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Picture Books in the news
Illustrated by Karen Clarkson
Cinco Puntos Press
When Indian storytellers and writers get together, we often ask, "How much can we tell them?"
I'd love to be a fly on the wall at one of those get-togethers. It turns out, Tim Tingle has quite a bit to say in this book, put out by good ol' Cinco Puntos. The story goes to a lot of places. Beginning with a rousing bee sting on the bottom, feeding chickens and doing chores, to a stone thrown in anger and fear, a cut across the face, and a really beautiful image of Tim's grandmother as a young woman, holding her hands to her face with blood seeping between her fingers, her son's tiny hands reaching up with curiosity. It reminded him of sweet cherry pie filling, bubbling up from the criss-cross crust of Mawmaw's pies.
This is 'saltypie,' the taste of the blood, the sting of the bee. "It's a way of dealing with trouble, son. Sometimes you don't know where the trouble comes from. You just kinda shrug it off, say saltypie. It helps you carry on."
All of these stories come from Tim Tingle's familial recollections. He's working through these feelings of anger, hostility, which he had as a child, trying to understand why the universe wasn't fair.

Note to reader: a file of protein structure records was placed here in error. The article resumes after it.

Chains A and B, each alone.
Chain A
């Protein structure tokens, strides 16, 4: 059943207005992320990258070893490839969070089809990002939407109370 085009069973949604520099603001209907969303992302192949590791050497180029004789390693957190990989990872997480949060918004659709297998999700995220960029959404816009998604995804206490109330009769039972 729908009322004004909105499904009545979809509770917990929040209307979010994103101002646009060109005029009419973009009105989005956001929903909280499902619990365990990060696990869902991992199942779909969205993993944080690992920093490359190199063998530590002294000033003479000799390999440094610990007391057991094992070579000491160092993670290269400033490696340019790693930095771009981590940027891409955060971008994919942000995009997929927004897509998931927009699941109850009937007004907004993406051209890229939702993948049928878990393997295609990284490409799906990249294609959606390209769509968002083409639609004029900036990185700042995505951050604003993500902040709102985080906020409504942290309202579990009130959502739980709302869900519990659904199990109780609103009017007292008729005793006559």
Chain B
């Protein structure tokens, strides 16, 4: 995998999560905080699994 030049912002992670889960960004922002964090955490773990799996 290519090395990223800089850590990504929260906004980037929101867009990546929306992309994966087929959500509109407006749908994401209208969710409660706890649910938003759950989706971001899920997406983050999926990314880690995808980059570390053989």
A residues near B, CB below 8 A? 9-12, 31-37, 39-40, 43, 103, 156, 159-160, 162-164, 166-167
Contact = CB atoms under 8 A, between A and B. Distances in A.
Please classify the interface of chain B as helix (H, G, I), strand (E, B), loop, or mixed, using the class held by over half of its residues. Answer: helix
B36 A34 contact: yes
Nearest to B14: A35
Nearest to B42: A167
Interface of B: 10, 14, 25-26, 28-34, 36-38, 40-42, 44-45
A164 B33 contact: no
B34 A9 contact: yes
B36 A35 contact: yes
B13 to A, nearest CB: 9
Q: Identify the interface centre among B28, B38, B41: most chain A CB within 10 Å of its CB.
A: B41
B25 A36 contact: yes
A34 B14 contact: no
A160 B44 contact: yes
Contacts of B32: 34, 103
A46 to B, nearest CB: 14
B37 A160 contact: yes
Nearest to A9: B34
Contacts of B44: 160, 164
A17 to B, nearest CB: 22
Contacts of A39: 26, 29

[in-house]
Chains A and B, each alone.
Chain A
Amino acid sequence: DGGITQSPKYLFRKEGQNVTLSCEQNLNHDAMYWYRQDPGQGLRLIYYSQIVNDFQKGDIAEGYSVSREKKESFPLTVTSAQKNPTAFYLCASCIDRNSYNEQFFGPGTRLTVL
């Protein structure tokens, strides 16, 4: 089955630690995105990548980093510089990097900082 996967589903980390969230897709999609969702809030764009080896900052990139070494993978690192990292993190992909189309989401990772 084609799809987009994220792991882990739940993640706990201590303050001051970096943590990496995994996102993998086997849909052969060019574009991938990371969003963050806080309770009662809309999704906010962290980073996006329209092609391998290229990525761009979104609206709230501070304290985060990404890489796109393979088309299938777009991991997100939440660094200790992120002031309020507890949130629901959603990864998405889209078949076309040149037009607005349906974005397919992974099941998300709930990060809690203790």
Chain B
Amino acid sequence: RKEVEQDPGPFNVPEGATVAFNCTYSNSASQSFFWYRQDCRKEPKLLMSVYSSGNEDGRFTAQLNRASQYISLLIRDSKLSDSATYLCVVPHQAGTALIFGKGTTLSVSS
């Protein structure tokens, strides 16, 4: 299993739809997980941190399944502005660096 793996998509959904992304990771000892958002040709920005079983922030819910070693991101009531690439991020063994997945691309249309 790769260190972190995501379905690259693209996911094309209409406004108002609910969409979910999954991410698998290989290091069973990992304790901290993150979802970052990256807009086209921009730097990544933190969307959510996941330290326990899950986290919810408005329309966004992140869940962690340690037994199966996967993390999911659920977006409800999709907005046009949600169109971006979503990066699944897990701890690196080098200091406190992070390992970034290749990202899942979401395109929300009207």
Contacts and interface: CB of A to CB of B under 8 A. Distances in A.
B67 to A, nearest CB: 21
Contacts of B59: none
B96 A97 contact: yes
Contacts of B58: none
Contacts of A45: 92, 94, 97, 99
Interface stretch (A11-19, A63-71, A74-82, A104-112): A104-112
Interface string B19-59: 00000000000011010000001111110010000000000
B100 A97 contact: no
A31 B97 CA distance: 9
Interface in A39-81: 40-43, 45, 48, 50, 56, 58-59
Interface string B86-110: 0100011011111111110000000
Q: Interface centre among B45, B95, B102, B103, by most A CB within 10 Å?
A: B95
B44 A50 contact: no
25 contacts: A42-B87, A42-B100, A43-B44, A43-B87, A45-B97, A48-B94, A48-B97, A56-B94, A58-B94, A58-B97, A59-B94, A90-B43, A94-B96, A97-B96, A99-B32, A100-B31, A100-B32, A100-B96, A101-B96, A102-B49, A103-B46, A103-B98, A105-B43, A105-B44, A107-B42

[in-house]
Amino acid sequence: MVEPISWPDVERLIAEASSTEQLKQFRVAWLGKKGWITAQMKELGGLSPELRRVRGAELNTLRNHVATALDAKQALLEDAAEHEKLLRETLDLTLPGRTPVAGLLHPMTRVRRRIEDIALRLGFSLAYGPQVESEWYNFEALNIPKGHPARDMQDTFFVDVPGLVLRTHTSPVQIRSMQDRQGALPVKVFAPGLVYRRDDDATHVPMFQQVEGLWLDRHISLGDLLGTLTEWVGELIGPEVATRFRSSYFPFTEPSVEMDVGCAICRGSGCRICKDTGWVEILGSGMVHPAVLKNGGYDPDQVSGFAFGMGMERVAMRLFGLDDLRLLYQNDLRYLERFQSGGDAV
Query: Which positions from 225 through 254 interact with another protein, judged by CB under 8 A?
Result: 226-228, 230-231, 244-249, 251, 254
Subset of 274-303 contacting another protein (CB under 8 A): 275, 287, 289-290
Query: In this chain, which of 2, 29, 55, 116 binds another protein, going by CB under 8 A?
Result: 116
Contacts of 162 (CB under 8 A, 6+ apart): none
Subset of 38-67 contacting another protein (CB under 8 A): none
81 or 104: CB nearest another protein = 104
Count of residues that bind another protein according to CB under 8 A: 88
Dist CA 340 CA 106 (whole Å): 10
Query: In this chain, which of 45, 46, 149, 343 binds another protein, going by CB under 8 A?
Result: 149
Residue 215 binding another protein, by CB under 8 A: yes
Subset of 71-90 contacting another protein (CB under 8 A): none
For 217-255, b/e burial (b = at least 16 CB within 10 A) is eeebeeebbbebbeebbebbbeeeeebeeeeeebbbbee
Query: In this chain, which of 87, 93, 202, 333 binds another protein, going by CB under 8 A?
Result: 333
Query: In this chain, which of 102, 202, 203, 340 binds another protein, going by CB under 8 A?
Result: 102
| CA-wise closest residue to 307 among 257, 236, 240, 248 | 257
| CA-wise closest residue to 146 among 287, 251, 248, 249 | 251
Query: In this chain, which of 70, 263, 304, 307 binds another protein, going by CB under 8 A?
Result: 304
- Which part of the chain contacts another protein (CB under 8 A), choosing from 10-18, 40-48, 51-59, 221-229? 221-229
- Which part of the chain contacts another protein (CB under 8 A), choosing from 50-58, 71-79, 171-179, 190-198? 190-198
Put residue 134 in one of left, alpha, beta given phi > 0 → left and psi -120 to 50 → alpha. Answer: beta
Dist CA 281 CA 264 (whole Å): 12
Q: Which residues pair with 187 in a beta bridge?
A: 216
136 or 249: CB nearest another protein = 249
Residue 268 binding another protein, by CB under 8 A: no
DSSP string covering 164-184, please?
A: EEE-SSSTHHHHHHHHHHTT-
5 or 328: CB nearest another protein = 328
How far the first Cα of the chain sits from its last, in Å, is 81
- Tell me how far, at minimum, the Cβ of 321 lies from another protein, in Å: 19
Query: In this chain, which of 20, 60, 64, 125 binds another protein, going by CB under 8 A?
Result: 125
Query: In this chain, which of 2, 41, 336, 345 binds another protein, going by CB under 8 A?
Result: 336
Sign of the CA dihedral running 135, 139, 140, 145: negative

The identity of the stone-thrower was never discovered, and it's interesting how it's not a central part of this story. It's just something that happened, and soon makes way for the story of Tim's grandmother recovering her sight decades later. "Maybe it was a stone of misunderstanding, thrown by a boy who simply didn't know," writes Tim. "...let us forgive him. Let us teach his grandchildren, so they will pocket their stones and extend a hand in friendship."
There's quite a bit going on in the afterward to the book, I found it to be as interesting, if not more interesting, than the story itself. In response to the question, "How much can we tell them?" he writes:
Can we tell them that the vast majority of children's books written about Indians in America were not written by Indians? Can we somehow convince them that this matters?
Illustrated by Christopher Cardinale
Cinco Puntos Press
Phew, this one is great, great, great. A great book and an important book. This is only the second Cinco Puntos Press book I've reviewed (the other being the amazing Crossing the Bok Chitto), and I am extremely impressed. They know what's up.
My wife bought me a Pete Seeger album a couple of years ago, containing two CDs. The first had all of Pete's kid's songs and stories - Abiyoyo and the Foolish Frog and the like. But the second disc was filled with old union and labor songs. I'm happy to say, my 5-year old son Arlo took to the union songs just as well as the others, especially the rousing, "Solidarity Forever!"
It was written by Florence Reece in 1931, the wife of a coal miner and the mother of seven, and this story is told in the voice of one of those seven children, talking about her pa working in the mines, blasting and loading coal, putting food on the table, how they live in a coal company house on coal company land, and how their Pa gets paid in money that can only be redeemed at the coal company store.